This paper reports on the manual AQUA‐UWO, an instrument for quality development in supported living services developed by a research group at the Centre for Planning and…
This paper reports on the manual AQUA‐UWO, an instrument for quality development in supported living services developed by a research group at the Centre for Planning and Evaluation of Social Services at the University of Siegen in Germany. The extension of supported living services in Germany is still marked by conceptual and financial uncertainty. Debates about the concept and quality of supported living are still not advanced. Against this background, AQUA‐UWO identifies key issues for supported living and formulates professional standards for work in, and management of, supported living. Service user rights for self‐advocacy and self‐determination form the basis of quality assurance and development of supported living services. The first part of the instrument covers conceptual foundations, quality comprehension and methodical procedures. The second part covers key issues, identifies working procedures and clarifies quality standards. The third part includes materials which can be used to support the process of quality development.
Supporting People provides the opportunity to put refuge services on a firm financial footing. However, Supporting People only funds adult ‘housing‐related’ bed spaces. Children use refuge services, and the lack of funding for children's services is a big omission in the new Supporting People funding regime. This needs to be addressed both nationally and locally ‐ children have support needs too. Outreach services which provide a vital lifeline for women who do not access refuges are also absent from the funding strategy to tackle domestic violence. These services are desperately needed, and the challenge for Women's Aid and local authorities is to work together to ensure that all the needs of women and children escaping domestic violence can be properly met. The dislocation of capital and funding issues must be resolved quickly, so that much‐needed additional refuge spaces are developed and women who desperately need a safe place to stay free from violence can be accommodated.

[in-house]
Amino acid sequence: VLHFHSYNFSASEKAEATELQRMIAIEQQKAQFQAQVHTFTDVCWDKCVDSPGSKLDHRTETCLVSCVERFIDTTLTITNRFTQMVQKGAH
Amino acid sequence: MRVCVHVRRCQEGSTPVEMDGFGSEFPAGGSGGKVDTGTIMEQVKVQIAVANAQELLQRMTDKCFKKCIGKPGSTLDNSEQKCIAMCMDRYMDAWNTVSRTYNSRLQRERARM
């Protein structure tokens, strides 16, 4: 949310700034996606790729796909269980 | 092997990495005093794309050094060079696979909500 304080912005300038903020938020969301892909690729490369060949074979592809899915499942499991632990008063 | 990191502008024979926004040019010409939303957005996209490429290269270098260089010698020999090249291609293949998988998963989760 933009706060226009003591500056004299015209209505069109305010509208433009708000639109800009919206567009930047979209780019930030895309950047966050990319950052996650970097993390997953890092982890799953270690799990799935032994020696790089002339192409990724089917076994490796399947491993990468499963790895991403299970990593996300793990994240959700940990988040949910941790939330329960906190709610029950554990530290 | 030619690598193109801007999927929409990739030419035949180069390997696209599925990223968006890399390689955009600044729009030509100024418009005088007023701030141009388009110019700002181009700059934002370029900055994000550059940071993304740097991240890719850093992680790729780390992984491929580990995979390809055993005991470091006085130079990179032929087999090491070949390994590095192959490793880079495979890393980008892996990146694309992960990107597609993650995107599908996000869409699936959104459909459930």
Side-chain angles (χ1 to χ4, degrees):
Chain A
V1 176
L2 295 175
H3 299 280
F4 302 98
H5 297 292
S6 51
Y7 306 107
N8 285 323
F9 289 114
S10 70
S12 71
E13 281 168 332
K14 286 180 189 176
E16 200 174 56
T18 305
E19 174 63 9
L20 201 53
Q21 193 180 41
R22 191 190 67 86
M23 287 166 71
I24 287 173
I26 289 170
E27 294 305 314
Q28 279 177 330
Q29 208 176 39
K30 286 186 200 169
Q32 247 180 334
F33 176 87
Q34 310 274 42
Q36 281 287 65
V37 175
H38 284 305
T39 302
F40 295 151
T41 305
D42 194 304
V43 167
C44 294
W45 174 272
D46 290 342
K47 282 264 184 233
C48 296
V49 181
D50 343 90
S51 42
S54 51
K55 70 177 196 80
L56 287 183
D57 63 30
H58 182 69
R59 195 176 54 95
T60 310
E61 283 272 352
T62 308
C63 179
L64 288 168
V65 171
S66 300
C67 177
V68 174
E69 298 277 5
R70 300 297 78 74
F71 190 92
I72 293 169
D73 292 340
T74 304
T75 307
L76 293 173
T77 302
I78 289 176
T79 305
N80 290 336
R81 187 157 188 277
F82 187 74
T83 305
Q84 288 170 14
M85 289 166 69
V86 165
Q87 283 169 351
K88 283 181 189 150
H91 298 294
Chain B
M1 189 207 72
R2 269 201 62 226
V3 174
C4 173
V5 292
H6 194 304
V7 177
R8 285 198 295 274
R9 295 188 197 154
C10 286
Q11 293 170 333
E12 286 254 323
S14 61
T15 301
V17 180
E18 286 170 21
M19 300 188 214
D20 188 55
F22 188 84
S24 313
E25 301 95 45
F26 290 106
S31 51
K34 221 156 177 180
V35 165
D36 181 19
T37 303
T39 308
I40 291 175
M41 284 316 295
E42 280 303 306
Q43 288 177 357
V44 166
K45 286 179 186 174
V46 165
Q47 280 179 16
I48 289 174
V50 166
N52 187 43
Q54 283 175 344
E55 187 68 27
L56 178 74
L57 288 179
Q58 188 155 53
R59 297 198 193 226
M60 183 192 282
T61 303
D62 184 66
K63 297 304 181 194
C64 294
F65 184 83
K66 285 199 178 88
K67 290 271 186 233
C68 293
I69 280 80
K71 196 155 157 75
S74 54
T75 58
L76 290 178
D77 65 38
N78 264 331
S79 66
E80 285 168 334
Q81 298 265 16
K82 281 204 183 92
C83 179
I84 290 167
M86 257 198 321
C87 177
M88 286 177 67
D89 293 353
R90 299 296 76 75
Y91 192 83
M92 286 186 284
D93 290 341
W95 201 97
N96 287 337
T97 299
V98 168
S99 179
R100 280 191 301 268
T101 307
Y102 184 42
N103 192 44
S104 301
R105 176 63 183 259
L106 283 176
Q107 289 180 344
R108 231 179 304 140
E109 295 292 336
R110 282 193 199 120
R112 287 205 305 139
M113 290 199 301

This paper aims to improve community care for people with intellectual disabilities (ID) and/or autism. Lack of coordination between agencies leads to children and young…
This paper aims to improve community care for people with intellectual disabilities (ID) and/or autism. Lack of coordination between agencies leads to children and young people with the most complex needs falling between services. The North West Operational Delivery Network (ODN) for learning disability and autism set out to develop a model of care for mental health services for children and young people with ID and/or autism in North West England that would improve coordination between services and lead to better community care.
The ODN held a series of good practice events and consultations with stakeholders in North West England to look at gaps in service provision, national guidelines and agree on a pathway for services.